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What Olympic Swimmers Teach Us About Mentorship

The Olympics are on every night in our house. As per usual, the swimming events kicked off the Tokyo 2020 Summer Olympic Games. I’m constantly impressed watching humans move through the water like fish. It’s unnatural! If you pay attention to the swimmers, you’ll see more than just physical accomplishments. (Swimming spoilers ahead!)

It’s always fascinating to learn more about the personal lives of athletes. NBC does a good job producing short videos highlighting the journey to the Olympics. I noticed camaraderie in the swimmers that you don’t always see in such a competitive individual sport. Specifically, three pairs of swimmers showcase three critical lessons about mentorship.

1. Mentors Share Wisdom

Aaron Piersol & Ryan Murphy

Aaron Piersol is a swimming legend from the early 2000s. He is a three-time Olympian with seven Olympic medals specializing in the backstroke. Ryan Murphy is a current Olympic swimmer competing in Tokyo. He was a favorite to win the 100-meter backstroke.

Before the 100-meter race, NBC showed how Piersol wrote Murphy a letter on a typewriter. He chose to use a typewriter to add to the gravity of his encouragements. The letter is a fantastic gift of wisdom from one generation to the next. Piersol (who has done his fair share of winning) told Murphy that life is about more than gold medals.

Ryan ended up getting bronze in the men’s 100-meter backstroke. The loss was particularly disappointing because he won this event in Rio, breaking Piersol’s world record. In the post-race interview, Murphy showed a tremendous amount of class.

“Being third in the world is no shame but obviously you want to go out there and win. That was the best I had this day. Hats off to the Russian guys,” Murphy said.

The wisdom of mentors like Piersol helped Murphy maintain his composure after a brutal defeat. Some lessons only come through time. Mentors provide a glimpse into the future for the younger generation. I have always been grateful for the lessons I have learned from those who are ahead of me.

2. Mentors Walk Alongside You

Lilly King & Annie Lazor

Lilly King is known as a fierce competitor in the swimming world. She specializes in breaststroke and won gold in the 100-meter in Rio. Before races, she slaps her legs and stares at competitors.

Leading up to the 2021 U.S. Olympic trials, Lilly revealed a different side of her personality. Her teammate Annie Lazor had lost her father just a few months before the trials. King decided to drive five hours to attend the wake and support her friend. King told Lazor’s mom that she would help her friend stay motivated in training.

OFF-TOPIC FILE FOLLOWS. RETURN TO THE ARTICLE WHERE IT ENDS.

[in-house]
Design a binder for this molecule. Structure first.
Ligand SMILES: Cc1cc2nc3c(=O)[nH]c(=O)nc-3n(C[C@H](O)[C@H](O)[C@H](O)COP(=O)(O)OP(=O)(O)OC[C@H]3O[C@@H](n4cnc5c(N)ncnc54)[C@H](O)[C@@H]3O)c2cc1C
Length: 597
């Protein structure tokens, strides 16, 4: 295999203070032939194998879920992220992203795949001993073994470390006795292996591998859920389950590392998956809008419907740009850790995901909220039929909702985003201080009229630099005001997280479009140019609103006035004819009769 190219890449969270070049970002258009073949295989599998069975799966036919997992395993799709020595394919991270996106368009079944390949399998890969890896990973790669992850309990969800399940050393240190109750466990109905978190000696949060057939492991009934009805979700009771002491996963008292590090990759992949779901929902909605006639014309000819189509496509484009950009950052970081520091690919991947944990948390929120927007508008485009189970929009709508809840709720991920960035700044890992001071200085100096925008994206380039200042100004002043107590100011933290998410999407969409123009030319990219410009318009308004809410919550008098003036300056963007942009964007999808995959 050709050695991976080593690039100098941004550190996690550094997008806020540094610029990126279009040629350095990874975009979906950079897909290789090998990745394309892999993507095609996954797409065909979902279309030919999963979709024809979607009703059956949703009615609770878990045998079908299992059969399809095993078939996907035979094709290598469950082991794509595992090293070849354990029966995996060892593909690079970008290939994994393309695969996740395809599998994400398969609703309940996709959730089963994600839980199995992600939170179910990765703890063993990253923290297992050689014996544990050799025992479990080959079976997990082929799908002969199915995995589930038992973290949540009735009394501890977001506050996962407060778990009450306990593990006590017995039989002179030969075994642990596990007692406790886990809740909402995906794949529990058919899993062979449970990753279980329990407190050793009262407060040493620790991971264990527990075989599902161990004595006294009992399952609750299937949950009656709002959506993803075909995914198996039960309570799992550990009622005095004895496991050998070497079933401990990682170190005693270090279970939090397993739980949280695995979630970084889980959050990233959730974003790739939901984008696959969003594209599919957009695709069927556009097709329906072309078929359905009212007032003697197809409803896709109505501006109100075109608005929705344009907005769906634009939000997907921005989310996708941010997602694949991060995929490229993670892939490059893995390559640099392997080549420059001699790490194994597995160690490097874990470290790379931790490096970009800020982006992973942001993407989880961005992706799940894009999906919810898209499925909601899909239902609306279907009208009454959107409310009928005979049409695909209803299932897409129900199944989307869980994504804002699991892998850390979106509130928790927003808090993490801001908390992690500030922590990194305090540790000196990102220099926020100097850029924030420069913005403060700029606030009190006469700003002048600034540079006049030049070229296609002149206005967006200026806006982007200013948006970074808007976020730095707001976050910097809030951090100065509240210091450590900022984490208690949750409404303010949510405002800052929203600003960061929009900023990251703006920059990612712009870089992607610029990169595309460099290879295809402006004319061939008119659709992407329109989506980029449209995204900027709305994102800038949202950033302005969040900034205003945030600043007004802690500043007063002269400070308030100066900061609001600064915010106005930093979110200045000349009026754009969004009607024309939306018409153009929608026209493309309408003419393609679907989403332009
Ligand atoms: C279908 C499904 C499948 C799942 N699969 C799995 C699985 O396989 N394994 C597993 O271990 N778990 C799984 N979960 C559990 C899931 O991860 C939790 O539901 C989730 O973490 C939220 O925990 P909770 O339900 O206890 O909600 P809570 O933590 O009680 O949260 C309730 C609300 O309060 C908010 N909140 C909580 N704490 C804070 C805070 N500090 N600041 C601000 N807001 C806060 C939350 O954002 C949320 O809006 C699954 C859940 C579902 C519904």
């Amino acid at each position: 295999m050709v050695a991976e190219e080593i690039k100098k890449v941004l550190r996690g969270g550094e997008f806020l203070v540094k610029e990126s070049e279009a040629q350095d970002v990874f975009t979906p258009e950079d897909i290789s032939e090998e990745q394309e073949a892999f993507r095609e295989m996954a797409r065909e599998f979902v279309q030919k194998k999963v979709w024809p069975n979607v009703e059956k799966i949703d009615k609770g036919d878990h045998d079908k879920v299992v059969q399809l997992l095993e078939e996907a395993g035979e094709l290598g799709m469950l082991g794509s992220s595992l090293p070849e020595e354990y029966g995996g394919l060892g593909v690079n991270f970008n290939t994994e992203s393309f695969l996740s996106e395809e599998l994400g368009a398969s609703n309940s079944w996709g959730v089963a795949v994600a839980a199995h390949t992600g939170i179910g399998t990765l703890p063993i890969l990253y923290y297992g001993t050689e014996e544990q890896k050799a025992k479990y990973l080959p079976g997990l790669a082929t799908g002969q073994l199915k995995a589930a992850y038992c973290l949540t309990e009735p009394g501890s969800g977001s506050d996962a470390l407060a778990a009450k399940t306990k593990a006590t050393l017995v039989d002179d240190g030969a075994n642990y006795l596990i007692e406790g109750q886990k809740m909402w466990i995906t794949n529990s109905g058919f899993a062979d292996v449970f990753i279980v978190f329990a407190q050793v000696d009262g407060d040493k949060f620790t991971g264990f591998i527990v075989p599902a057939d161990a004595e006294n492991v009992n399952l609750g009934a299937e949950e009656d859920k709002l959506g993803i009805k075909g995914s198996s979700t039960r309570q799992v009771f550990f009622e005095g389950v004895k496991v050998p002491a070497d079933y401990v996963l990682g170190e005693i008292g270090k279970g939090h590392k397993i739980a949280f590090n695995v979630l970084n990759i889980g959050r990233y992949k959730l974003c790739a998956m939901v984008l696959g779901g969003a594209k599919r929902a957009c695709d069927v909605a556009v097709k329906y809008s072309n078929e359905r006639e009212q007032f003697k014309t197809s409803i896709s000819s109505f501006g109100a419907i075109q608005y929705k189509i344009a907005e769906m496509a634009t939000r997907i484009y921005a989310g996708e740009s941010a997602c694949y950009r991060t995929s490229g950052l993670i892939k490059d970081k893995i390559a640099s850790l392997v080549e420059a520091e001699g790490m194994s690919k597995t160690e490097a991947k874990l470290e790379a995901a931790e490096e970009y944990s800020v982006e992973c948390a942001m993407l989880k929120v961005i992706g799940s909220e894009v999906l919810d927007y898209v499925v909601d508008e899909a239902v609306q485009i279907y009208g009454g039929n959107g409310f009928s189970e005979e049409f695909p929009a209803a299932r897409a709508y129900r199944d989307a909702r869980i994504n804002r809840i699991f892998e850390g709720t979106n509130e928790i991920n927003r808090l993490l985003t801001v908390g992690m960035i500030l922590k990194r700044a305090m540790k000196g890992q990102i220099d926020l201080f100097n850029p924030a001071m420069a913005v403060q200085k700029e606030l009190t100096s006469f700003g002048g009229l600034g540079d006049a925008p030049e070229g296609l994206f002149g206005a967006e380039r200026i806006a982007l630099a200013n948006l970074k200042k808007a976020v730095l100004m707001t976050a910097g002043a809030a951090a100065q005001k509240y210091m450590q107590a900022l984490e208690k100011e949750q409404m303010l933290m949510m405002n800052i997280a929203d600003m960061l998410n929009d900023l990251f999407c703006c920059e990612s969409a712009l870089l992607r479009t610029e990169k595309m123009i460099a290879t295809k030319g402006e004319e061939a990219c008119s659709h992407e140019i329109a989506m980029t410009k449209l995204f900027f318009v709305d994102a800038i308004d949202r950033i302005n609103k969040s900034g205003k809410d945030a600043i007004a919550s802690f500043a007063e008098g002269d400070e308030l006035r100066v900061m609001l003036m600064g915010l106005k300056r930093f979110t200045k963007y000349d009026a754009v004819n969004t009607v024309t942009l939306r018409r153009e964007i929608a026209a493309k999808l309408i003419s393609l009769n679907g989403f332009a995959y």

“She still treats me like a normal human but realizes what I’m going through. She’s like I’m going to pull you through this… I’m going to help you everyday and I’m going to help you in practice, that’s my role here,” Annie Lazor told TODAY.

King and Lazor both qualified for the American team in the 200-meter breaststroke. At Tokyo, they made the podium, with King winning silver and Lazor winning bronze.

Their relationship is a powerful example of how important it is to have people walking with you through difficult times. We all need people who know what is going on in our lives. I’m always honored when a mentor of mine takes the time to pray for me.

3. Mentors Are Role Models

Katie Ledecky & Phoebe Bacon

Katie Ledecky is one of the greatest female swimmers of all time. Long before all of that, she was an elementary student at Little Flower School in Bethesda, Maryland. As a 4th grader, her teacher assigned Ledecky to be a buddy to kindergartner Phoebe Bacon.

“From a very young age, she was always super-active, the girl who would play on the playground. I think I was like that as well. I think maybe that’s why we were matched,” Ledecky told the Washington Post.

Another similarity little Katie and Phoebe shared was a spark for swimming. Years later, Katie would win a gold medal in the 800-meter freestyle event as a 15-year-old at the London Olympic games. Imagine 10-year-old Phoebe watching her school buddy from home.

Nine years later, Phoebe Bacon is now a fellow teammate with Ledecky on Team USA. Although Bacon competes in a different event (200-meter backstroke) than Ledecky, her role model is her inspiration.

Good mentors provide an example of the life we want for ourselves. Find someone who is a parent, spouse, or follower of Jesus that you respect. Spend some time with those people and do the things they do. If mentoring works for Olympic swimmers, it can work for you!


What are the best things your mentors do? Let me know in the comments below!

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